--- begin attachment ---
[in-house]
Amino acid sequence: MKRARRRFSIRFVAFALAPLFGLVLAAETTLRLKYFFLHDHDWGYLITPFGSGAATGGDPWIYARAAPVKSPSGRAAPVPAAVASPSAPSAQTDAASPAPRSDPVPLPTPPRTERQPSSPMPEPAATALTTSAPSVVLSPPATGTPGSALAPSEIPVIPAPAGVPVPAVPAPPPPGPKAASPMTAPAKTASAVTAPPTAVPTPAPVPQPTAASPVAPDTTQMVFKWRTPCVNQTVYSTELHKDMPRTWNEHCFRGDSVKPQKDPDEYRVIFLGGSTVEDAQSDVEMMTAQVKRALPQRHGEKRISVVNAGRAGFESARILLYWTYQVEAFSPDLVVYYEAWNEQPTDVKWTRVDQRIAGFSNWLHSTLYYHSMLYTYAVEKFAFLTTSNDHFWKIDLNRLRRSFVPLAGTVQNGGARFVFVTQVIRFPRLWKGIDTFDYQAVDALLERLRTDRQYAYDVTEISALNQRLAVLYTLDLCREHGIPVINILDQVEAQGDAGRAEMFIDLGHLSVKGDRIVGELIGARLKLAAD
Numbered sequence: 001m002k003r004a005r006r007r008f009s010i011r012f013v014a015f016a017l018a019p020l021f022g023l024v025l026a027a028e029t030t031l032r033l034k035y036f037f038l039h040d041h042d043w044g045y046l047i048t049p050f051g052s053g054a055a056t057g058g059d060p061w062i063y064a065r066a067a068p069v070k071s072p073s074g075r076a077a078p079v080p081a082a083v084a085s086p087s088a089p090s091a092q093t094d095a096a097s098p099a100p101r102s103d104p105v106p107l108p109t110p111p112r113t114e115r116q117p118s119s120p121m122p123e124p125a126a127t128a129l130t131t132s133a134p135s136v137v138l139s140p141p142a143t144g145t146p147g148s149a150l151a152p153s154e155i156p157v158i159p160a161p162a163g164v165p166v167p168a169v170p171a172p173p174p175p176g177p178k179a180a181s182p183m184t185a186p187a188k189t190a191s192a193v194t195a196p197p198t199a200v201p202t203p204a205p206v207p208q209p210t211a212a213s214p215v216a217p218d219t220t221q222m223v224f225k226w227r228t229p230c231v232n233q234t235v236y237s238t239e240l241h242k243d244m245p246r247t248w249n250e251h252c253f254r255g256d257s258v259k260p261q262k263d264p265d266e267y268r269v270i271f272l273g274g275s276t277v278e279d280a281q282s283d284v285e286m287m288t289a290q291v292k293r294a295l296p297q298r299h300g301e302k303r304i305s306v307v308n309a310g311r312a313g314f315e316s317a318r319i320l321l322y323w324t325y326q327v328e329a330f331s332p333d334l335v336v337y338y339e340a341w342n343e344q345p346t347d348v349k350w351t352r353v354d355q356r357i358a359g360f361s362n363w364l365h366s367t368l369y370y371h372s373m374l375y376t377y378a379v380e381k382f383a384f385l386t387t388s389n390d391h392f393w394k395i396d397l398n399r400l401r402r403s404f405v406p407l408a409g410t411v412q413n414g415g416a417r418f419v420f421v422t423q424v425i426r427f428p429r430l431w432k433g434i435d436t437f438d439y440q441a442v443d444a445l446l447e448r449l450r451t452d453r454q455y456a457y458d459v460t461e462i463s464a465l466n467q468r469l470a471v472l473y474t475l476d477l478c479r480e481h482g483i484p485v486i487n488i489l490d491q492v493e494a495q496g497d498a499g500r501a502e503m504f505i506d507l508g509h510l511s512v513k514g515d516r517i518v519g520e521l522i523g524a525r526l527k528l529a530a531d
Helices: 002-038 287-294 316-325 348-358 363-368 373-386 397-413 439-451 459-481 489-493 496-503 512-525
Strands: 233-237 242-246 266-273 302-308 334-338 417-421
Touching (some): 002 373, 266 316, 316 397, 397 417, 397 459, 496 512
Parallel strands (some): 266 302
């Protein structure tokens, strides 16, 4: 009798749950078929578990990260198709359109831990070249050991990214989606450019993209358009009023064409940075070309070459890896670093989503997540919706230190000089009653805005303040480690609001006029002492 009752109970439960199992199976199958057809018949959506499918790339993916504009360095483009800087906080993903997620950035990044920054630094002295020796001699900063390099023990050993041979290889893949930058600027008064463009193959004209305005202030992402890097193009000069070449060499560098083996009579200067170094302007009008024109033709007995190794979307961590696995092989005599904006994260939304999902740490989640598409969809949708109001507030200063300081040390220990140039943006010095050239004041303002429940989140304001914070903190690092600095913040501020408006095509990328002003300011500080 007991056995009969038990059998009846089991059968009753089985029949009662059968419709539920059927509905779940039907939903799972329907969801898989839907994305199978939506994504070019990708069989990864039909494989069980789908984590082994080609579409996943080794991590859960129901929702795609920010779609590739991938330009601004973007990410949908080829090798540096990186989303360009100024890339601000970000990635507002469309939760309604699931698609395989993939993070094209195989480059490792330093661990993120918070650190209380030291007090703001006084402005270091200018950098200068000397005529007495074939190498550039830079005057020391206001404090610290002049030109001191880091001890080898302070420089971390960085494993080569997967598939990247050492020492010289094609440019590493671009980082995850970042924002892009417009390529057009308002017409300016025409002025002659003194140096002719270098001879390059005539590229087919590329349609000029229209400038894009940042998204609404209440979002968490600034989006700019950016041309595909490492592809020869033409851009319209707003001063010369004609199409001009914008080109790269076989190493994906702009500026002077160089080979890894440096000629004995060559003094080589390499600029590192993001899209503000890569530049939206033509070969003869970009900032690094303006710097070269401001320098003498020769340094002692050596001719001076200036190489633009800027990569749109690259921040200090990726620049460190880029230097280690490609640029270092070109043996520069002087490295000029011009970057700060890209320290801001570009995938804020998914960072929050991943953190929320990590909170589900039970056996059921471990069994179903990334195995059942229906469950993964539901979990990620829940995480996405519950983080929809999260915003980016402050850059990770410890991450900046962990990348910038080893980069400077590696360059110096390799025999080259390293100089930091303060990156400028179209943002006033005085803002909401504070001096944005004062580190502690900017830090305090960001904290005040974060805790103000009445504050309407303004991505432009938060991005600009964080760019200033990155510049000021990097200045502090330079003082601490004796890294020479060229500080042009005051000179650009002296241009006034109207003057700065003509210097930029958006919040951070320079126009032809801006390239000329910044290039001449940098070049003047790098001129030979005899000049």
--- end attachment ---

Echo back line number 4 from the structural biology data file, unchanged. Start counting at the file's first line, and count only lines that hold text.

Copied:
Helices: 002-038 287-294 316-325 348-358 363-368 373-386 397-413 439-451 459-481 489-493 496-503 512-525